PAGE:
It’s only with this most recent charge — abetting the “stealing of secrets” — that some have started to take notice. Because if you can be pinged for allegedly helping someone crack encrypted copied files, then what about if you coaxed them to blow the whistle with a few phone calls? What if you printed out their documents? Or had them translated, or legalled, or… etc? Does that make you a co-conspirator? The Assange case is the criminalisation of investigative journalism.
That won’t matter to most. The WikiLeaks project is inconvenient to anyone who would prefer to avoid the awful truth: that our lives are shaped by the exercise of power by great blocs, corporate and national. Politicians, academics, journalists — it shames all those who would prefer to live inside the whale, warm in the blubber of work and Netflix, and whatever.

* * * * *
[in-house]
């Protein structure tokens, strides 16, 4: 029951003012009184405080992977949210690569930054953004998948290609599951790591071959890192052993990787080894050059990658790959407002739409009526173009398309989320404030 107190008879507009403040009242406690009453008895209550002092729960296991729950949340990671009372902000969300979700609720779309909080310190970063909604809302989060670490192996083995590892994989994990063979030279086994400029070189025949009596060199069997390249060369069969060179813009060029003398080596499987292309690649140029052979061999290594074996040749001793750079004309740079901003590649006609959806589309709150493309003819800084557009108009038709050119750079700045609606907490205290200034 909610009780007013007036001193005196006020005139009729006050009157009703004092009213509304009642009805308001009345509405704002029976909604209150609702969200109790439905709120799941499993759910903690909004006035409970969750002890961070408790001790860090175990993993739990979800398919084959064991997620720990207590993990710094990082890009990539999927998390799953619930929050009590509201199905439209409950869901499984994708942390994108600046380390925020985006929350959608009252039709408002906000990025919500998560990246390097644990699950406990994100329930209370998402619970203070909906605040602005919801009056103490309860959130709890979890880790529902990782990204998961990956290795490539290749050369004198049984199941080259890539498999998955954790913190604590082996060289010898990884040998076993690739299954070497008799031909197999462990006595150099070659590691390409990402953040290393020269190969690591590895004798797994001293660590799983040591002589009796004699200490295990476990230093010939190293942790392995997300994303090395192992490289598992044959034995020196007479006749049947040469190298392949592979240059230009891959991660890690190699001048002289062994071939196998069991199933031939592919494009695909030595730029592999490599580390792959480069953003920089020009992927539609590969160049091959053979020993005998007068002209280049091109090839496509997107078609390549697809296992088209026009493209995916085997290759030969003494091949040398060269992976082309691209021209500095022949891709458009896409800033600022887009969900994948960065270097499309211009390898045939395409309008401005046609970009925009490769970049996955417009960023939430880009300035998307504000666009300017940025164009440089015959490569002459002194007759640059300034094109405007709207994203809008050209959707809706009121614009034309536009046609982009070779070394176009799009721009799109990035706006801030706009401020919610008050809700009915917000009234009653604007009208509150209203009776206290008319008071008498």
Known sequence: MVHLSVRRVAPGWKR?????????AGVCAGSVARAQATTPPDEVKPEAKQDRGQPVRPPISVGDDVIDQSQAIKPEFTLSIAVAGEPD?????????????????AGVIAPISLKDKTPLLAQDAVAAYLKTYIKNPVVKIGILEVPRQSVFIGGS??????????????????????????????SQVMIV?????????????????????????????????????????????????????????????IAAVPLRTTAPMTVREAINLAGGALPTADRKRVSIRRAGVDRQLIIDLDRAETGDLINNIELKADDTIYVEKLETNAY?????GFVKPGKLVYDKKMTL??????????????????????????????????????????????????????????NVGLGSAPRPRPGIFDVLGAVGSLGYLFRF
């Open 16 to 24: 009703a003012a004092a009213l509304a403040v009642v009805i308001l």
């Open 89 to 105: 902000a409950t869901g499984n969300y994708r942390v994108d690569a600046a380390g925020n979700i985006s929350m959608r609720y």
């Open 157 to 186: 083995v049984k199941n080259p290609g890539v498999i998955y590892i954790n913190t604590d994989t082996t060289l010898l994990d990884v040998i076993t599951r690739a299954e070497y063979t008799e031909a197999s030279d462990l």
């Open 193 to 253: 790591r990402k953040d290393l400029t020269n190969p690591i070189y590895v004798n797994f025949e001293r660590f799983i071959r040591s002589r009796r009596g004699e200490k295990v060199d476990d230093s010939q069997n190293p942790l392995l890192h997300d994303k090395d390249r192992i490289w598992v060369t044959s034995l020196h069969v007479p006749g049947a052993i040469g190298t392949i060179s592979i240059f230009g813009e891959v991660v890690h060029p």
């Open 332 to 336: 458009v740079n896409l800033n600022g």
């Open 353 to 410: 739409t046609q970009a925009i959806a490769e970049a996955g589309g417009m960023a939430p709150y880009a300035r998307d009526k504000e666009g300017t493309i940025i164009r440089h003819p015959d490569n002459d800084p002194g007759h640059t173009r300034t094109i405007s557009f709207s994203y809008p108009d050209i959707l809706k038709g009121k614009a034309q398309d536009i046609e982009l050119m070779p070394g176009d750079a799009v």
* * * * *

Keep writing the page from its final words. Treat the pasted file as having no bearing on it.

The gleeful cynicism expressed by numerous media types whenever WikiLeaks has a setback is evidence of this. The project disturbs accommodation to power so exactly as to expose those who should be most ashamed of doing so, from commercial TV flotsam, to hip website stalwarts now rushing to News Corp to keep them in the game. [Source]